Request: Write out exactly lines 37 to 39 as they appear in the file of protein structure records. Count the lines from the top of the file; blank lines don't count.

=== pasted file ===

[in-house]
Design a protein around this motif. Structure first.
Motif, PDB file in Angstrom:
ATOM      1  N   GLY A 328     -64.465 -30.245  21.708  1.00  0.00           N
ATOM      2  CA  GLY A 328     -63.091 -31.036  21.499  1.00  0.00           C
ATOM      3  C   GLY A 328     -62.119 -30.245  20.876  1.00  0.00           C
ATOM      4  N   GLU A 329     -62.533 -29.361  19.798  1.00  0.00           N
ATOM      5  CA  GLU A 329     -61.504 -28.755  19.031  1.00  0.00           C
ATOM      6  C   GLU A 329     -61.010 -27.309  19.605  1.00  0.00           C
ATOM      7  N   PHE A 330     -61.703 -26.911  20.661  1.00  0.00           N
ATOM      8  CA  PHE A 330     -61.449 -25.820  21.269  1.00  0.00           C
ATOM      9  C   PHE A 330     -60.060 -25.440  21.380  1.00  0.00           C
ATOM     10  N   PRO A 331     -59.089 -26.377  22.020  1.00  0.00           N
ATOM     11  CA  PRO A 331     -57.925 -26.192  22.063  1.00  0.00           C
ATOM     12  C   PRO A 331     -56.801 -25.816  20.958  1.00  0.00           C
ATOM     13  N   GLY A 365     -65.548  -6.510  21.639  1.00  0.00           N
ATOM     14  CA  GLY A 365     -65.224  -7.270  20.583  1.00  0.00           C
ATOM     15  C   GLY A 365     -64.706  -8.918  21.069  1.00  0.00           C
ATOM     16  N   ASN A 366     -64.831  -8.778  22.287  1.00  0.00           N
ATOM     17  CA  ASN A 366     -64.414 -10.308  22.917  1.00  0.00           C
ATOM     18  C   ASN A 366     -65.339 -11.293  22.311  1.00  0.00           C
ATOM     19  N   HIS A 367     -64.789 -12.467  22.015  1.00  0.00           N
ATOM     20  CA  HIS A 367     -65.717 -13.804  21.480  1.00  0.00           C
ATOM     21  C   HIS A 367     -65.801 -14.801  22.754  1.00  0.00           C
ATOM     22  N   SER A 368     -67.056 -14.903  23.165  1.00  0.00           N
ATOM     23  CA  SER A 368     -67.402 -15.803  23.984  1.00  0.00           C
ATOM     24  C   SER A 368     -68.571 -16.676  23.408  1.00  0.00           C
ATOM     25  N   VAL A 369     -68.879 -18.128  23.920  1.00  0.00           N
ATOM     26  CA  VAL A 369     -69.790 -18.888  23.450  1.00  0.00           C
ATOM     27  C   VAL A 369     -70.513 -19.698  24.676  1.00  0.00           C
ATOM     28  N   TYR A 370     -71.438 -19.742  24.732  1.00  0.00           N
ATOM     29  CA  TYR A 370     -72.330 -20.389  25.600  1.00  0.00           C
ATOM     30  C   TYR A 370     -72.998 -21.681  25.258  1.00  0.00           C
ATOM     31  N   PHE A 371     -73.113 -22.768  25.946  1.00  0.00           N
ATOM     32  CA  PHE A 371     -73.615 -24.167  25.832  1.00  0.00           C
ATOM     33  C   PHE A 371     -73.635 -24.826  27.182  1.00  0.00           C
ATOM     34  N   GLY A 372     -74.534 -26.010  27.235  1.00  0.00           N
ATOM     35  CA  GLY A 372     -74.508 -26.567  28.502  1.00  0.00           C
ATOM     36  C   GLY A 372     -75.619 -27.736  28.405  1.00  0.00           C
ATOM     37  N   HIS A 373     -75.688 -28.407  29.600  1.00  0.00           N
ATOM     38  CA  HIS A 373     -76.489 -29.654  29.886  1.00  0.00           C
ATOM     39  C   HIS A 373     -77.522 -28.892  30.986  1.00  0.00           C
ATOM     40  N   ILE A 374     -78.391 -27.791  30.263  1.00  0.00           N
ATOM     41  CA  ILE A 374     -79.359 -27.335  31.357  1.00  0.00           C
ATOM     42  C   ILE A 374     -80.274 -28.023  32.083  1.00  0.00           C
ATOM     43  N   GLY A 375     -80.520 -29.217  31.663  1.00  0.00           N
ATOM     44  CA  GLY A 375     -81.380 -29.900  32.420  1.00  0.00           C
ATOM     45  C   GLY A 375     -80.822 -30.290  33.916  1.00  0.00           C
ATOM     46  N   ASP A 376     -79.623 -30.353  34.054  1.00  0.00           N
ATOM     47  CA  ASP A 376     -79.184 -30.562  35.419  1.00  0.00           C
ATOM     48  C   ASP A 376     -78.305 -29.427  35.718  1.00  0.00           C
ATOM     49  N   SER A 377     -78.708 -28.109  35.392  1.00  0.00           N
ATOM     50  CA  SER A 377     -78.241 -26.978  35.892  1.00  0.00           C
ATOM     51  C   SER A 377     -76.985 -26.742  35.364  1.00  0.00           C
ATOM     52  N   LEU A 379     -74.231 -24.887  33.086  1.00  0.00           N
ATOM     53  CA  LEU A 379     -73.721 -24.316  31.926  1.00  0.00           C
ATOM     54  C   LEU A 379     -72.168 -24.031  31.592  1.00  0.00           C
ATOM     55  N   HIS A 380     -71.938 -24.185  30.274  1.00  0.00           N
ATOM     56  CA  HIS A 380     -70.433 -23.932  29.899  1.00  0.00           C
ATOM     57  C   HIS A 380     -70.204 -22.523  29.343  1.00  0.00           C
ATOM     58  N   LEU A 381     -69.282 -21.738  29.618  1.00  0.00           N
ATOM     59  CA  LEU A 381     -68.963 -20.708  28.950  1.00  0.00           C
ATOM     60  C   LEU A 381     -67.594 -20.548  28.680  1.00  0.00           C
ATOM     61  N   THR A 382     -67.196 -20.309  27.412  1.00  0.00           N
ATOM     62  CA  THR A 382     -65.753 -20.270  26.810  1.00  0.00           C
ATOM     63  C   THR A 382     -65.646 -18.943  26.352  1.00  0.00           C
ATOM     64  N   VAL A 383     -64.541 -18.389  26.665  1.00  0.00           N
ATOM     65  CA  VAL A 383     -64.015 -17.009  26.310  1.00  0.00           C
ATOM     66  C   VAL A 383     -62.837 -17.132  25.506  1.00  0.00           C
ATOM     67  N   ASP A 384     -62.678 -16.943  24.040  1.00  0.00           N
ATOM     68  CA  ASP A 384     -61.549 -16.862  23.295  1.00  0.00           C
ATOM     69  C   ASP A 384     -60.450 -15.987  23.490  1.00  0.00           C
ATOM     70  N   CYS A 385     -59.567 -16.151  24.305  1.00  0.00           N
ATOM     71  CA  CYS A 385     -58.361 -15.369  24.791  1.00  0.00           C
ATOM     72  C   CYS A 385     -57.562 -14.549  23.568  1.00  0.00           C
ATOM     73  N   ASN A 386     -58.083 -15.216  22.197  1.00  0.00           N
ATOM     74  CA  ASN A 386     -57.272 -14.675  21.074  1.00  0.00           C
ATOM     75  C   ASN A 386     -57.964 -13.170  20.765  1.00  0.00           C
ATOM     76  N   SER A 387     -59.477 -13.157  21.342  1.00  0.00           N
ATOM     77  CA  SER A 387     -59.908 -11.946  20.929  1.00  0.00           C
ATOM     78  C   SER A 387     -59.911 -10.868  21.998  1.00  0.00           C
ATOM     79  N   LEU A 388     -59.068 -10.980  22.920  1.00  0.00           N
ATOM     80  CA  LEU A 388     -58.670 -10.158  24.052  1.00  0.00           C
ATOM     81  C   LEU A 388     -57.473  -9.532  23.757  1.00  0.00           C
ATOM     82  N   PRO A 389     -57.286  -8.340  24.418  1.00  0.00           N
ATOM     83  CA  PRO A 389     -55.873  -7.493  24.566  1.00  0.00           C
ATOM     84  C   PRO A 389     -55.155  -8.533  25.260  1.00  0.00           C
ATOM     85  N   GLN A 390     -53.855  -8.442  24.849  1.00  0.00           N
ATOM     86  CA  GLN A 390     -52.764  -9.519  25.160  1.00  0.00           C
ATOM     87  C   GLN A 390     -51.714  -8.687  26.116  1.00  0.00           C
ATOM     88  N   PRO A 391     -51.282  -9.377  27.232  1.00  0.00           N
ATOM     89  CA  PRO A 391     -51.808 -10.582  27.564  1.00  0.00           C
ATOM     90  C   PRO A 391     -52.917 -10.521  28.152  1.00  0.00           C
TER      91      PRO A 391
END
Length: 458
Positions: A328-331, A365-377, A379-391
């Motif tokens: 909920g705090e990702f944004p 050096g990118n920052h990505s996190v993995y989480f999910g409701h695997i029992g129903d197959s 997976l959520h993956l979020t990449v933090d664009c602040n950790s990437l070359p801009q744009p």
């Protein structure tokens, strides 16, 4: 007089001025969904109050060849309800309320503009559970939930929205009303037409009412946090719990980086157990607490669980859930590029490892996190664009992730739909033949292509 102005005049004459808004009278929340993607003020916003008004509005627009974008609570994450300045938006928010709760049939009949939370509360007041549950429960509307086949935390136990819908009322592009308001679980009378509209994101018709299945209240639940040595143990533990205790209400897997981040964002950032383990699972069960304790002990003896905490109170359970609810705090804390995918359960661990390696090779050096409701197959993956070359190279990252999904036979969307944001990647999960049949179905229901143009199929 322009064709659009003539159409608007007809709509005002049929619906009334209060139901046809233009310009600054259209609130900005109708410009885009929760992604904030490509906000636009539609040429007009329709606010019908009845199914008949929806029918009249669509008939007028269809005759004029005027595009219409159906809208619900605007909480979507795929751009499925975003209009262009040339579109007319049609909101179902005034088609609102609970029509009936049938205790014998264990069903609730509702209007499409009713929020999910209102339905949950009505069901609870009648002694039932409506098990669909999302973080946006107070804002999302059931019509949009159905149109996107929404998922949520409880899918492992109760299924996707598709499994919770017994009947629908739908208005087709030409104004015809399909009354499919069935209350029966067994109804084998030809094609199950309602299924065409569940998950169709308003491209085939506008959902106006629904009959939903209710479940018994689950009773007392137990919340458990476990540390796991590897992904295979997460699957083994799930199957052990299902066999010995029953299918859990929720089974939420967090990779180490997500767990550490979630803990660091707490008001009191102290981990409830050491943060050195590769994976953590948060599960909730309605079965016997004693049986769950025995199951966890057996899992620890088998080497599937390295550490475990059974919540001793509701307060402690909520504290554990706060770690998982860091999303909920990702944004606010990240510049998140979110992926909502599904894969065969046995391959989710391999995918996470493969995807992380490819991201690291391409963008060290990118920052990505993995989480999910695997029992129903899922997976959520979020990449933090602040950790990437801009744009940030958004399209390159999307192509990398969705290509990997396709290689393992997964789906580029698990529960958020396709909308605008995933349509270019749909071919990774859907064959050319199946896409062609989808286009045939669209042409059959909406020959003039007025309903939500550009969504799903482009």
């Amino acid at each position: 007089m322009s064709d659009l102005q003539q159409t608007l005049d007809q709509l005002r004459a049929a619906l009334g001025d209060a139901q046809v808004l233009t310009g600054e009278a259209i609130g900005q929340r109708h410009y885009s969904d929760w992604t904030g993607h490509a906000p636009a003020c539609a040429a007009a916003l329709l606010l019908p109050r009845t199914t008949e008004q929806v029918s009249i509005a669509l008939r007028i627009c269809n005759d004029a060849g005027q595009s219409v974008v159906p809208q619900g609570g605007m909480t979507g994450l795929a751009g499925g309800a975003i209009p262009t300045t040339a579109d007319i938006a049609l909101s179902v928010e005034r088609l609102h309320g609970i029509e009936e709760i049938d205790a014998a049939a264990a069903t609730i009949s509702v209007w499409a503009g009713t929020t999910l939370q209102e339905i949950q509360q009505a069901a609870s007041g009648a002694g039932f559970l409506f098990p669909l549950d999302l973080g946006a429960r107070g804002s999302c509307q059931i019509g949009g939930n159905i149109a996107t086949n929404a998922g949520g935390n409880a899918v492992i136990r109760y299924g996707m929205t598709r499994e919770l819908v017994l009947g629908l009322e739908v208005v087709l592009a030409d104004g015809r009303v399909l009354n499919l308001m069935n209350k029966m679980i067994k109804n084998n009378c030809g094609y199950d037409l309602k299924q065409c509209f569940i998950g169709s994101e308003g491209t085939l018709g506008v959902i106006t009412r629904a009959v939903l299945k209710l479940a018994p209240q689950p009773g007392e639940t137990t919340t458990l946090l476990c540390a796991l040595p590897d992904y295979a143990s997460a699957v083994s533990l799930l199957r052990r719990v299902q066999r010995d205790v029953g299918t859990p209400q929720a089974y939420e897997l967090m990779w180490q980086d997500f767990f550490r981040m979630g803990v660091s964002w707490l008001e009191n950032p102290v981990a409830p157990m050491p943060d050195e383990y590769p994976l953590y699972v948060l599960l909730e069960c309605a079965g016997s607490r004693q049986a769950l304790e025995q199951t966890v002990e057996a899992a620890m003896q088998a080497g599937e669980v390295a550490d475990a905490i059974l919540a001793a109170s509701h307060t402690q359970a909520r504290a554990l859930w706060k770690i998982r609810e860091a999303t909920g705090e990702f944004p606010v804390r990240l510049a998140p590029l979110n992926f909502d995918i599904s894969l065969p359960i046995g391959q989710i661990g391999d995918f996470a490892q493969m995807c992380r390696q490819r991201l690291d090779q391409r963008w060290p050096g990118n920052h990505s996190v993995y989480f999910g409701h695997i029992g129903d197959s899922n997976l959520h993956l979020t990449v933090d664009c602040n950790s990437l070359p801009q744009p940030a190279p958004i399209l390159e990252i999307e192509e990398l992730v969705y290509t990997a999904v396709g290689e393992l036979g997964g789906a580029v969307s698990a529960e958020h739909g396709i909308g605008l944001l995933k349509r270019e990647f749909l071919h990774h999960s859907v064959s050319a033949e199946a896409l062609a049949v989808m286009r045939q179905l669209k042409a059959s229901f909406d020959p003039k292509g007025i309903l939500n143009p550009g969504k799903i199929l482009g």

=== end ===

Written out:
ATOM     34  N   GLY A 372     -74.534 -26.010  27.235  1.00  0.00           N
ATOM     35  CA  GLY A 372     -74.508 -26.567  28.502  1.00  0.00           C
ATOM     36  C   GLY A 372     -75.619 -27.736  28.405  1.00  0.00           C